Google Analytics reports website traffic that comes from Facebook as referral traffic, which means that a visitor landed on your website after clicking an inbound link from another website. Your website visitors that came from Instagram, Twitter and Yelp are more examples of referral traffic.
You may notice that Facebook traffic shows up as different referral sources in Google Analytics in the Source/Medium report under ‘Acquisition. These might include:
There are many more Facebook referral sources that can show up in Google Analytics which can make accurate reporting on Facebook traffic a little bit tricky since you’ll have to remember to include all of the different sources.
In Google Analytics, you might find Facebook traffic reported under ‘Source/Medium’, ‘Referrals’, and ‘Social’.
Why The Need For So Many Different Facebook Referral Sources?
This is a great question. If the traffic is all ultimately coming from Facebook (and that’s probably how we want to report it anyway) why would we need reporting on types of Facebook referrals?
There are two main reasons:
Different Sub-Domains – Facebook is available on multiple sub-domains.
If a user finds you through the Facebook app on their phone, this would be reported as m.facebook.com. There are other subdomains from other countries that operate differently on mobile so that users aren’t charged for mobile data usage. This traffic is reported as another type of referral traffic.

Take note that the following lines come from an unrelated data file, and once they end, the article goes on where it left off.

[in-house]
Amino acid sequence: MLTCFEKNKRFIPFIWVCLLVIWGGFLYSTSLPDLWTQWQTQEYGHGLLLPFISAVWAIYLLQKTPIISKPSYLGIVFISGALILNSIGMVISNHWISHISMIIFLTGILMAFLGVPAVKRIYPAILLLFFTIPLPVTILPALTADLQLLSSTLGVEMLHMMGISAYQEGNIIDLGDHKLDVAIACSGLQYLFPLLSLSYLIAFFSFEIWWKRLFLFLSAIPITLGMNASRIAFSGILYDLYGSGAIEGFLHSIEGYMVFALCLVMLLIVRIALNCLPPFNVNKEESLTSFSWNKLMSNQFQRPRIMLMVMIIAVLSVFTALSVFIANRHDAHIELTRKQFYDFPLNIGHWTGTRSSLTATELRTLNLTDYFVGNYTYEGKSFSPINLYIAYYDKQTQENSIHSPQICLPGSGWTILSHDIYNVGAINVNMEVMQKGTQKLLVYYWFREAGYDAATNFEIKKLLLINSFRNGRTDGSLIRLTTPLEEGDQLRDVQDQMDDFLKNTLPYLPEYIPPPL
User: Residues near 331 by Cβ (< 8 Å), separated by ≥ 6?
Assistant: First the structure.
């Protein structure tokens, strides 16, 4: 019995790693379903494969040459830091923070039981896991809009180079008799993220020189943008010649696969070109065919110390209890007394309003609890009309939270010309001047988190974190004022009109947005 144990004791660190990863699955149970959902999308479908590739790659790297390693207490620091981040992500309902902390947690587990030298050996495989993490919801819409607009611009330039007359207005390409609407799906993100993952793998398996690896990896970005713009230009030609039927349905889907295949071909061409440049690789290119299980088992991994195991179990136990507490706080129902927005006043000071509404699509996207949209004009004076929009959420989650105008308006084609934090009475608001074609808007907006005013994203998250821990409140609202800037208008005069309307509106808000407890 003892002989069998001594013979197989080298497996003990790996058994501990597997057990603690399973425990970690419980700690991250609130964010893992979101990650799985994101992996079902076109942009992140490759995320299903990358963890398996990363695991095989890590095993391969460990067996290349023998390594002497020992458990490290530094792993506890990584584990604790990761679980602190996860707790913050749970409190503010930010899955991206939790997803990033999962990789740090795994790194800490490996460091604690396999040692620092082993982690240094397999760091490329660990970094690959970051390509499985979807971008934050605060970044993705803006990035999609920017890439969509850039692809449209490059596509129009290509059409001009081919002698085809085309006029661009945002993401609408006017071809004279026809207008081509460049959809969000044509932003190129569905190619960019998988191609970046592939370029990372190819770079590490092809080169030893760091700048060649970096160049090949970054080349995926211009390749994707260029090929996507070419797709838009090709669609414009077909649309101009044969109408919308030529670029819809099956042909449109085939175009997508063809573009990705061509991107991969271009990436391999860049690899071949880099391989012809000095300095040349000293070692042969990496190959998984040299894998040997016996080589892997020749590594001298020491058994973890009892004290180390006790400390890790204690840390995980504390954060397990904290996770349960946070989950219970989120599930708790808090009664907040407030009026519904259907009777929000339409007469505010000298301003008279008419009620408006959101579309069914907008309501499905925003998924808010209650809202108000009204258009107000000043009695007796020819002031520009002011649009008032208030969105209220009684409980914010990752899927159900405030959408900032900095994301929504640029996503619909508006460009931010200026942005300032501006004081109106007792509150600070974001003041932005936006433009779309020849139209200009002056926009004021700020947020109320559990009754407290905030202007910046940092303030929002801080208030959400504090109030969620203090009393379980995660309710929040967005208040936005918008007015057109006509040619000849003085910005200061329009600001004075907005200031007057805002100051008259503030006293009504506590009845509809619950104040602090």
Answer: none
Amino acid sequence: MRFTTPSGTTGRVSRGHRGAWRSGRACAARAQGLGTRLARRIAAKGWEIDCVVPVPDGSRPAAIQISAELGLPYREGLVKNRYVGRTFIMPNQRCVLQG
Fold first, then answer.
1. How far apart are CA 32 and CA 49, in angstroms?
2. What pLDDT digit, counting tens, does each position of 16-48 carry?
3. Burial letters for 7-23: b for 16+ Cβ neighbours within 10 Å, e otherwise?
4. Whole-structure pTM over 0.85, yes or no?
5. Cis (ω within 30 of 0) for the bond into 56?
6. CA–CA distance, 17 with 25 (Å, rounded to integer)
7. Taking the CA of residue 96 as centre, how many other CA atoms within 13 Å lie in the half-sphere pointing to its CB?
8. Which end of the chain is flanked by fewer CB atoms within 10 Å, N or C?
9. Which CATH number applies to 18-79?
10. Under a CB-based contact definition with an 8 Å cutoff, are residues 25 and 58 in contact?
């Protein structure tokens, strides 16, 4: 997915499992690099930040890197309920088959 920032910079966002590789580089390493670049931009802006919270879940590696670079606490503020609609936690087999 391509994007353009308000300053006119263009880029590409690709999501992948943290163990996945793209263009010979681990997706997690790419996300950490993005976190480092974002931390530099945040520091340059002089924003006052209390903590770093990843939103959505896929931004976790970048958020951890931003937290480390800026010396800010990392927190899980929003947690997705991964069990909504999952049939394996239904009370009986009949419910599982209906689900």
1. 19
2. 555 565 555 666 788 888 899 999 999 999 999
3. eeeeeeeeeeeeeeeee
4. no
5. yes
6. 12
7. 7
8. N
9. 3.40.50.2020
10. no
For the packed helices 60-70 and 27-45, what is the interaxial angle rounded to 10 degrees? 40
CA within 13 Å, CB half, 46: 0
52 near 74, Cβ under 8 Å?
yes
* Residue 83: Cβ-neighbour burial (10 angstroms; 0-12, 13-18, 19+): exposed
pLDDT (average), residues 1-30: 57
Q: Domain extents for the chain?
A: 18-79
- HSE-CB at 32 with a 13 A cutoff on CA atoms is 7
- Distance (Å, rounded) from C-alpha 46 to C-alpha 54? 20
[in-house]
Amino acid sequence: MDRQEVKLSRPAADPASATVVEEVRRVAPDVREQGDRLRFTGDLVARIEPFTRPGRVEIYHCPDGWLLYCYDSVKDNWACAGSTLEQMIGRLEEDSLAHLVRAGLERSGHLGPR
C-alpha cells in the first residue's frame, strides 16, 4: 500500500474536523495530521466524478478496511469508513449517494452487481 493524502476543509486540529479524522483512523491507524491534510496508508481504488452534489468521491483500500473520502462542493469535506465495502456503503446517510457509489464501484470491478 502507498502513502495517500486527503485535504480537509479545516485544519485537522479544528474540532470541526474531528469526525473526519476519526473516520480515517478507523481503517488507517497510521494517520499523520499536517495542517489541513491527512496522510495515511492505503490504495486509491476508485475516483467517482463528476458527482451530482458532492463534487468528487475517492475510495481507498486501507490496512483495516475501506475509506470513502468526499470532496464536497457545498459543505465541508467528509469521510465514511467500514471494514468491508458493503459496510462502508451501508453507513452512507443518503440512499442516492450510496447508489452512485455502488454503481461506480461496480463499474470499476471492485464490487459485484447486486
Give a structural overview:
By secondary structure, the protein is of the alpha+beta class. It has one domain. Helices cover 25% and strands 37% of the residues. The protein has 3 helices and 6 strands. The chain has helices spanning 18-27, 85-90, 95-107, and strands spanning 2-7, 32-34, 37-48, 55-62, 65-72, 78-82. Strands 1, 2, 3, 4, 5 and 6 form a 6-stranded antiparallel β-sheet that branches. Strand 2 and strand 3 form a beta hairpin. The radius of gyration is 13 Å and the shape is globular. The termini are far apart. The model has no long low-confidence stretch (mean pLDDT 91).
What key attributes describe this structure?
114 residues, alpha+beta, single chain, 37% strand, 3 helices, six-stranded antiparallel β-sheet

User Protection – Facebook is concerned about user safety.
Facebook uses something called Link Shim’s that redirects outside traffic through an interim step that checks URL’s before a user lands on them to make sure they don’t land on a malicious site. Referral sources from Link Shim’s may show up as l.facebook.com (desktop) or lm.facebook.com (mobile).
Users that find you through Facebook advertising are reported a little bit differently. For example, if you share your website link on Facebook without any type of campaign tags – then traffic coming from these clicks is going to follow the structure as other types of Facebook clicks (like we’ve already covered).
Without a distinction, you won’t be able to analyze data from advertising vs. organic.
One way you can alleviate that issue is to direct particular links to a different page on your website. Use this landing page only for advertising via Facebook. That way, you will be able to see which pages are receiving traffic and you can determine which ads are helping generate leads.
Don’t forget that companies like Spot On Solutions are PROS at social media marketing and interpreting data in Google Analytics. If you need extra help or don’t want to waste your time trying to do your own marketing, our social media management team can help you grow your Facebook page with more likes, more followers, more engagement and activity. We can promote ads and help you track how your social media efforts are working and strategize to grow it more!
If you are tired of trying to do it on your own – contact our team today!